It isn't difficult to create your own roasted garlic to keep your toppings in fine homemade form. Simply slice the ends off a bulb of garlic, wrap it in aluminum foil and cook in an oven at 400 degrees Fahrenheit for up to an hour, depending on your preference and the power of your oven. When finished cooking, unwrap the bulb and either squeeze or spoon out the interior to serve. Partner this topping with green onions or chives to complete the onion-and-garlic partnership that can only make your salad even more spectacular.

Balsamic glazed fruit

Fruit is a fairly common find at salad bars, with strawberries, melon, and mandarin oranges making regular appearances between the dried cranberries and the sunflower seeds. Balsamic-glazed fruit, though? That's a discovery your taste buds won't regret making. This isn't exactly the same as using fruit as a salad base for a recipe such as a strawberry salad. Think of it as a way to introduce a more complex version of cooked fruit into your salad in small or large amounts, depending on what the occasion calls for. Bowls of balsamic-glazed fruit waiting on the table will allow your guests to decide how much sweetness to add to their own savory medley.

You can approach the glazing process in a few different ways to determine which one suits your salad selections best. The simplest process is soaking strawberries or sliced stone fruits like plums or nectarines in a balsamic marinade. This infuses the fruit with a tangy flavor that complements the sugary natural juices. You can also fire up the grill and char marinated peaches or pineapple slices to add smoked caramel goodness to the formula.

Fruit preserves

If you prefer your toppings on the sweeter side of the flavor seesaw, a dollop of fruit preserves can help you sugar up the scenario. Preserves differ from jams and jellies due to the inclusion of whole fruit. You get a texture similar to a compote that lends smoothness to otherwise crispy layers. Store bought preserves are available in a variety of simple fruits like blueberries and peaches, as well as some exciting possibilities like quince and fig that are sure to start a conversation around the table.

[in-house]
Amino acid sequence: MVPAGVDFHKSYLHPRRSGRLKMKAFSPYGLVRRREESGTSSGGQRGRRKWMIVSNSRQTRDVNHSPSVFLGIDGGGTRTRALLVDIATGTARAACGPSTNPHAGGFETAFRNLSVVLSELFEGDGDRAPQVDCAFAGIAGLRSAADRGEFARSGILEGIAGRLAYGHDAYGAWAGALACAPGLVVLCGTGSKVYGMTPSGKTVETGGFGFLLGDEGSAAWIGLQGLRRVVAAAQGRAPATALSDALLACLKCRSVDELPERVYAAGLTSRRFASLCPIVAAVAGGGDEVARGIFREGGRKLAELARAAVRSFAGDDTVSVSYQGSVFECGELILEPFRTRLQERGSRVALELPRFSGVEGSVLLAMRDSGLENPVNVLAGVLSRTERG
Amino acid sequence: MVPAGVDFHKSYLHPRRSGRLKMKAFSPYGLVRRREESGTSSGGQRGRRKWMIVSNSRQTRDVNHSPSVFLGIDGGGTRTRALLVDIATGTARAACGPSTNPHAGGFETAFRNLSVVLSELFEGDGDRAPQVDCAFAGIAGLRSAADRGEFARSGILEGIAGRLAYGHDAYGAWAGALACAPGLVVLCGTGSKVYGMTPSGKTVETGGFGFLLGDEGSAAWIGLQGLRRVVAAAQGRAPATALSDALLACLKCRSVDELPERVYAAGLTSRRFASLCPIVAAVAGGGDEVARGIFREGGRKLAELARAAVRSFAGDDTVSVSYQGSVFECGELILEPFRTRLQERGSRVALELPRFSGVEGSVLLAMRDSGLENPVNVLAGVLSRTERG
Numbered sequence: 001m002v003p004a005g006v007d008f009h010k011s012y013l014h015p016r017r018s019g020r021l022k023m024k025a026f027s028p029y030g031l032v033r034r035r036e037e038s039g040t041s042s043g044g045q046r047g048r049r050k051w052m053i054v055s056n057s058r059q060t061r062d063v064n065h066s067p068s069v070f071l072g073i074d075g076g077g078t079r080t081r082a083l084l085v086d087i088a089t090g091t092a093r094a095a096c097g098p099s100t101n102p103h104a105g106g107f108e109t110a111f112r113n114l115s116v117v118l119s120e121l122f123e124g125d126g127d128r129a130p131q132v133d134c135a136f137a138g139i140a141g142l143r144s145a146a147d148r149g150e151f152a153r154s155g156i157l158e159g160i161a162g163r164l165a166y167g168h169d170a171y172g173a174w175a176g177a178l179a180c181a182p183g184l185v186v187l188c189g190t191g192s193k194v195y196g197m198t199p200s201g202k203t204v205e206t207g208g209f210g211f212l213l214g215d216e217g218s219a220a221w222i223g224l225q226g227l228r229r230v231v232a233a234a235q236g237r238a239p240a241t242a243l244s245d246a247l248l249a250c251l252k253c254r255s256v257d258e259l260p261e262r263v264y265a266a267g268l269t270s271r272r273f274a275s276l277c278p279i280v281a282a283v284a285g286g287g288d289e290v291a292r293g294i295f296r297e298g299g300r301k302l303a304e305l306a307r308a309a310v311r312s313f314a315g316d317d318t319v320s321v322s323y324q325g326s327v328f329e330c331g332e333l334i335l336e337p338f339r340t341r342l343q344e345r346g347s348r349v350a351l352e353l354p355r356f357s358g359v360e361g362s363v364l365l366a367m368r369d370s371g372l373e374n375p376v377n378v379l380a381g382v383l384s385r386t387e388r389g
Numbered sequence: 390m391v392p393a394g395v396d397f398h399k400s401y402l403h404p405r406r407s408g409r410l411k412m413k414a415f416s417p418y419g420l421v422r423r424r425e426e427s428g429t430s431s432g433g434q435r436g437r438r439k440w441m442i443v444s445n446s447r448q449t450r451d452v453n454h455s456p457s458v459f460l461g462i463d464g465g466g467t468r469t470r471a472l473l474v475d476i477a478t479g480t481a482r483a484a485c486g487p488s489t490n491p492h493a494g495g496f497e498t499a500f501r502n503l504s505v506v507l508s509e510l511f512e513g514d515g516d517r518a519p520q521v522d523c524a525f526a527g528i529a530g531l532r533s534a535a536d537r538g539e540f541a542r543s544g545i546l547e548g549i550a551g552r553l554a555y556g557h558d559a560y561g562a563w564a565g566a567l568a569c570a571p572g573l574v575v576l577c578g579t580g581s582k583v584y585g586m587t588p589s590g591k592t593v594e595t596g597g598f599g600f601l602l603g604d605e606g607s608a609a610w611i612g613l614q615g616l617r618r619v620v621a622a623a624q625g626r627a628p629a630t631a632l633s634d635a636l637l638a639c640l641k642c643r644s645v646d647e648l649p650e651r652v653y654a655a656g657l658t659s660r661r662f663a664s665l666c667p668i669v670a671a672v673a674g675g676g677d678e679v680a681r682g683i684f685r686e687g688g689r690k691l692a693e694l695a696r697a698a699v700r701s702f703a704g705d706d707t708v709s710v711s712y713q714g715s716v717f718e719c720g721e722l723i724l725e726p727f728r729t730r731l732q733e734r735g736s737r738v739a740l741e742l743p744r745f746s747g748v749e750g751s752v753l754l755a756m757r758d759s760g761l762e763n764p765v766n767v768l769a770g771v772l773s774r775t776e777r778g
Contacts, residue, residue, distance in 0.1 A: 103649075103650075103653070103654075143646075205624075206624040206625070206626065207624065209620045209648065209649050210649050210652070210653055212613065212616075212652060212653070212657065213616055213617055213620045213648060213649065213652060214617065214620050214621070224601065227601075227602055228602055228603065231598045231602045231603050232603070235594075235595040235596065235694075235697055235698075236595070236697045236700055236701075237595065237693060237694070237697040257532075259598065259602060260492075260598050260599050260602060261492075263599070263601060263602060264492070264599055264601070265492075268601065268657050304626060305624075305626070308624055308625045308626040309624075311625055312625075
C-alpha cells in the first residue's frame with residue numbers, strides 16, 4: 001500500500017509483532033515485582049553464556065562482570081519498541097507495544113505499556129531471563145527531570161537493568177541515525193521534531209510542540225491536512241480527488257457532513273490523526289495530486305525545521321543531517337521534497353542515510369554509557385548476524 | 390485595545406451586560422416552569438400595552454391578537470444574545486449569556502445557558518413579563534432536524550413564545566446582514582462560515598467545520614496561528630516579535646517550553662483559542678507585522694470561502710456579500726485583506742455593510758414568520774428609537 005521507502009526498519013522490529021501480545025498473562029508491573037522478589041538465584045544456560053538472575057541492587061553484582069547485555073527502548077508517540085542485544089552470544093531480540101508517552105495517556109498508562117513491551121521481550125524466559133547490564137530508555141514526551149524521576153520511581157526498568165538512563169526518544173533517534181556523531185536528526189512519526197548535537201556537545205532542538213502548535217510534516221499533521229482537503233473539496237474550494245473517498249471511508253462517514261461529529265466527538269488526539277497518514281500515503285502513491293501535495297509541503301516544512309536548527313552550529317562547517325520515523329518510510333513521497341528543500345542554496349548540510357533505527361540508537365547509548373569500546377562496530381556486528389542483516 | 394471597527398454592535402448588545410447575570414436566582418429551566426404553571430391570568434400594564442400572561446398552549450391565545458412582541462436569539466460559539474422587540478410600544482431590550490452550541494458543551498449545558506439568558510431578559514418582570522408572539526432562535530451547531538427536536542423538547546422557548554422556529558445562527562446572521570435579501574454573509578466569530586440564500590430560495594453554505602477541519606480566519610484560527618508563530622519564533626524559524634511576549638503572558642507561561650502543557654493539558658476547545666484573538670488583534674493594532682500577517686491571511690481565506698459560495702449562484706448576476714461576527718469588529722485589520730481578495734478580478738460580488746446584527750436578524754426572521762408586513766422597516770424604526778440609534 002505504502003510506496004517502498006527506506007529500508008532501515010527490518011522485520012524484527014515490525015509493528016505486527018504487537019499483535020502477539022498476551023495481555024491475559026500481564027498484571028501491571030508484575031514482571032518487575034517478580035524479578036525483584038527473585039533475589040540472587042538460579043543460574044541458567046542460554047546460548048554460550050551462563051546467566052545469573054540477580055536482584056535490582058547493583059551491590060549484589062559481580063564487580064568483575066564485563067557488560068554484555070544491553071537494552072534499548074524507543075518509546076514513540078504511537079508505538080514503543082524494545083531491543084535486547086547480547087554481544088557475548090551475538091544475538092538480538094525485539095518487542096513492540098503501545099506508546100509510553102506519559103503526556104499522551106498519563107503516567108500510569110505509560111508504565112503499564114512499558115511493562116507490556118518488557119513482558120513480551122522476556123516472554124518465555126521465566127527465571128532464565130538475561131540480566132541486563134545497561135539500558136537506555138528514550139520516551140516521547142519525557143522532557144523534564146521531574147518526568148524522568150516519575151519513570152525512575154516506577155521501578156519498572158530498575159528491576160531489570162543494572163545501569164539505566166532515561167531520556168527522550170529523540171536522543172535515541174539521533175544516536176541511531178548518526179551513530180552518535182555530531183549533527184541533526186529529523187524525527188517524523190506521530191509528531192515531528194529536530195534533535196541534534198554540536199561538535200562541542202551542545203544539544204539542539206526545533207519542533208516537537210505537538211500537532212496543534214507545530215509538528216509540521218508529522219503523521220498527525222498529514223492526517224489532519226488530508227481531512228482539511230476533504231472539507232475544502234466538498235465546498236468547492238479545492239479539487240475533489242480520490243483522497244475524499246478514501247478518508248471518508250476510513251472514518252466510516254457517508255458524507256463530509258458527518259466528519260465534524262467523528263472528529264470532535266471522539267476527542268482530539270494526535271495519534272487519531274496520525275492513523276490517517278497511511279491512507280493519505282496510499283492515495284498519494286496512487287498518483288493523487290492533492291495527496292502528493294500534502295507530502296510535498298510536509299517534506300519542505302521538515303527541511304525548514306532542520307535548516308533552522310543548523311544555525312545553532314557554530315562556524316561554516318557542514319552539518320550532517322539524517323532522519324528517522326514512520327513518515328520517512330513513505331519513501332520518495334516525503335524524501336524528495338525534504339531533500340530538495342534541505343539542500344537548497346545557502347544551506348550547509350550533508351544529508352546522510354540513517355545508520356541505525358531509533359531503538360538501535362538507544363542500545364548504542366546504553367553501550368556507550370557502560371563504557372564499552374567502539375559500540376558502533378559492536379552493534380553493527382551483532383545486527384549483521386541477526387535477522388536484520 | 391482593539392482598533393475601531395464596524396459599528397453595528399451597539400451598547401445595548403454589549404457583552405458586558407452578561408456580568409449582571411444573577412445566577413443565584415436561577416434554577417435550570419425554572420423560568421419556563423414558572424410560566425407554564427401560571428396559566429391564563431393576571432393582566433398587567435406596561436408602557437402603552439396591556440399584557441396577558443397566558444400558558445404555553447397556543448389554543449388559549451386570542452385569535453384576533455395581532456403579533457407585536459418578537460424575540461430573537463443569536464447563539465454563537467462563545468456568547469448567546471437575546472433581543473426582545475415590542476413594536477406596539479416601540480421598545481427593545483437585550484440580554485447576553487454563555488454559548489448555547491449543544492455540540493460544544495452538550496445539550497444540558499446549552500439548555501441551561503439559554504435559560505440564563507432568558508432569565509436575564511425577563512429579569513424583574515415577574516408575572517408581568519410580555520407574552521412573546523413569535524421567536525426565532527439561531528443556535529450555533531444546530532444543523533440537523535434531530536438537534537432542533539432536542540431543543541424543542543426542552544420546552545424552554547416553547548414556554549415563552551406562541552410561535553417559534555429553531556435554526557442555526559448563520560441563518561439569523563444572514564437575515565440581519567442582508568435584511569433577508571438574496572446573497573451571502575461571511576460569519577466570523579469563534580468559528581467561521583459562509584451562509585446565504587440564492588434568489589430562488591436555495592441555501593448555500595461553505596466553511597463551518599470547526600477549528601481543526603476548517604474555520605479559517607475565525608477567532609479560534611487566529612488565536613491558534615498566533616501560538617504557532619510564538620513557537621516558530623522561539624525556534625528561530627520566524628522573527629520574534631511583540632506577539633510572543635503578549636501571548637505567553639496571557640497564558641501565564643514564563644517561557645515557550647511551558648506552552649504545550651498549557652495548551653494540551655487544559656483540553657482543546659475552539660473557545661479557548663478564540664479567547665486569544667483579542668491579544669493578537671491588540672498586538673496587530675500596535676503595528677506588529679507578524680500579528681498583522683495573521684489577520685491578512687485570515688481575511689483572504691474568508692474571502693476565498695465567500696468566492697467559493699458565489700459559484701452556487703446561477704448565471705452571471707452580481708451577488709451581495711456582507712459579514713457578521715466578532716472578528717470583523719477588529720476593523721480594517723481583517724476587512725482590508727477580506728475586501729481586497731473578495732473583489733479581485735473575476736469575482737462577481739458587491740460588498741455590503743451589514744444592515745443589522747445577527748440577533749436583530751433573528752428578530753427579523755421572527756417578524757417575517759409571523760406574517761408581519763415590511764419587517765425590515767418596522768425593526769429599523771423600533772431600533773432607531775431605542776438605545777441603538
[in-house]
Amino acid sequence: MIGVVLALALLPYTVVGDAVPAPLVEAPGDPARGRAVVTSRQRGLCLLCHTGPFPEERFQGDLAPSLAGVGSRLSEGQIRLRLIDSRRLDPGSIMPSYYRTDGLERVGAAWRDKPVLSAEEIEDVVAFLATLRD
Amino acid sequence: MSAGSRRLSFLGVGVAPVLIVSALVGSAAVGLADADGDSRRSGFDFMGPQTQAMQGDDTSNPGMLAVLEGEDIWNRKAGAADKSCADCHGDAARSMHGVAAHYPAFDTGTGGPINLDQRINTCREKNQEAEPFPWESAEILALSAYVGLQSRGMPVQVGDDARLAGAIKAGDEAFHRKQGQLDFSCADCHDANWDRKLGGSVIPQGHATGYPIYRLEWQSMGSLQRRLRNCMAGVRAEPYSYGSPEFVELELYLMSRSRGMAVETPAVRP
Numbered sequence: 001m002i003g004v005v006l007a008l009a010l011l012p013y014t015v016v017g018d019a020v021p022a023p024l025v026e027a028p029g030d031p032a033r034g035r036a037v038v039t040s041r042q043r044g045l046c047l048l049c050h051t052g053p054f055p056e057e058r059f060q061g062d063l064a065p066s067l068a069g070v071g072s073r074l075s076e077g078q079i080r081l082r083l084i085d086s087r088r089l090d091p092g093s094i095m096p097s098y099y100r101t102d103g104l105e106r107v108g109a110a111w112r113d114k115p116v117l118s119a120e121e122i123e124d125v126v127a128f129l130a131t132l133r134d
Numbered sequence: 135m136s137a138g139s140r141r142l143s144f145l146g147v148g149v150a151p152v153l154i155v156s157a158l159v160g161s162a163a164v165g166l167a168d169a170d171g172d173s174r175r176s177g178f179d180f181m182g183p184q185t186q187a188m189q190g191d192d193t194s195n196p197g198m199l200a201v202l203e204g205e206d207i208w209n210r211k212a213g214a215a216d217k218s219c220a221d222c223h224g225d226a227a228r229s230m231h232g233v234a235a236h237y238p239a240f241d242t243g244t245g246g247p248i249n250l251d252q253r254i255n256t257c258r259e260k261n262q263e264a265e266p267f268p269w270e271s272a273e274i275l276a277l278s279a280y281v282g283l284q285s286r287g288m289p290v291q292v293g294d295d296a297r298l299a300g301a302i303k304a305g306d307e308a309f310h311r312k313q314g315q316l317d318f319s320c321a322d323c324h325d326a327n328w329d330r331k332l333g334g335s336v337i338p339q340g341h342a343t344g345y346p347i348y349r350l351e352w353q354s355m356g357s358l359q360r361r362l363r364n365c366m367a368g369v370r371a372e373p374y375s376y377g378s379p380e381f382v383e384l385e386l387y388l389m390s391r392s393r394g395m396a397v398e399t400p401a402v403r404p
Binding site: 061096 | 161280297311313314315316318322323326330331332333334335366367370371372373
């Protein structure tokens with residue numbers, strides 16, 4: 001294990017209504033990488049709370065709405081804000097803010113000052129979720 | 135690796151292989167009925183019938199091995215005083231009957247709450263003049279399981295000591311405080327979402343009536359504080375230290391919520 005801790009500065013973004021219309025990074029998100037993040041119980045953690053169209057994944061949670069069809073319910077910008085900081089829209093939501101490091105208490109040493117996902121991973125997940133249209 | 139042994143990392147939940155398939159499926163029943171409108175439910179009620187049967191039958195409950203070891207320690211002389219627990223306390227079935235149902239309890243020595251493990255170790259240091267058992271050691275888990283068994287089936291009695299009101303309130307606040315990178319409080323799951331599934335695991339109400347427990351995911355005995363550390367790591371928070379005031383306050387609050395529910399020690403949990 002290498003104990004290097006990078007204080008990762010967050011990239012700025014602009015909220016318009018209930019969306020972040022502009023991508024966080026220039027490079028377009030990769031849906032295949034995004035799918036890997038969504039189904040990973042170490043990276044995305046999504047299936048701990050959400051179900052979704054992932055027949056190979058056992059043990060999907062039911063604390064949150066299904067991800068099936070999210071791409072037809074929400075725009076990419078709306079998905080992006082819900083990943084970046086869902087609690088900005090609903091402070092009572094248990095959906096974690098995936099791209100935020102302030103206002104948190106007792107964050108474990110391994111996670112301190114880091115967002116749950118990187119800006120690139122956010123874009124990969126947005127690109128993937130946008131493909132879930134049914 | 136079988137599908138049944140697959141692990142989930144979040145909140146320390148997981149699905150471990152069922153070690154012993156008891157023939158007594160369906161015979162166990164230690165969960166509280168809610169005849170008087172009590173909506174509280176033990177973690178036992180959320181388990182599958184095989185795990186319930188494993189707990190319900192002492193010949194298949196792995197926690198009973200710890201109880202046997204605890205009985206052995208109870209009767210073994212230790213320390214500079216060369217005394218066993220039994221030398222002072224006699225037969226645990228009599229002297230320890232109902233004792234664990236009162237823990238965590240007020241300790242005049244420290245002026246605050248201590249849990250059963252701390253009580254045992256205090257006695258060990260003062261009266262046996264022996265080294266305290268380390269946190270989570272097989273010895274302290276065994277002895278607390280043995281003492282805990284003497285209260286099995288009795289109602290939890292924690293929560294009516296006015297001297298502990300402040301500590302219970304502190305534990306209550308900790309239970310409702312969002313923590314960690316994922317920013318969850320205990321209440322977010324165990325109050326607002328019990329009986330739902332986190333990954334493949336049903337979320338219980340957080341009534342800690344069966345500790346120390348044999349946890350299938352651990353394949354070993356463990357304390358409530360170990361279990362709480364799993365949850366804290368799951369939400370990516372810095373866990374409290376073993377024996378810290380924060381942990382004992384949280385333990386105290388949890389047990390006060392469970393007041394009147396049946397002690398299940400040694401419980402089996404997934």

Though making your own preserves allows you to control the quality of the finished product, there are plenty of workable options hanging around the peanut butter at your local market. Make the most of jarred spreads by spooning them straight out of the jar and letting them find their place among the greens and veggies. Or, if you'd rather control the coverage, you can create a dressing of your own by adding up to 2 tablespoons of the preserves of your choice to ½ cup vinegar and ½ cup oil. Ramp up the acid or sugar as your tastes dictate to find a balance that makes your salad shine.

Crispy quinoa

Making quinoa into a salad topping is easier than it sounds, and much tastier than you might imagine. It might be tempting to use your quinoa straight out of the bag, considering that it's already quite crisp. Though it isn't unheard of to eat quinoa raw, this faux whole grain develops a warm toasty flavor when heated in the oven, similar to sesame seeds. It's not only a novel way to add crunch to the garden get together, but it's also a sneaky trick for augmenting an already healthy green feast with even more nutrients like iron and zinc. The idea of building a multi-textural power salad is made all the more possible with a sprinkle of toasted quinoa in the recipe.

To make crispy toasted quinoa, spread rinsed quinoa in a frying pan and cook at medium heat, until the residual liquid has cooked off and the kernels begin to pop. Add salt and pepper, plus whatever seasonings you like, and sprinkle the finished quinoa on top of your salad.

Marinated mushrooms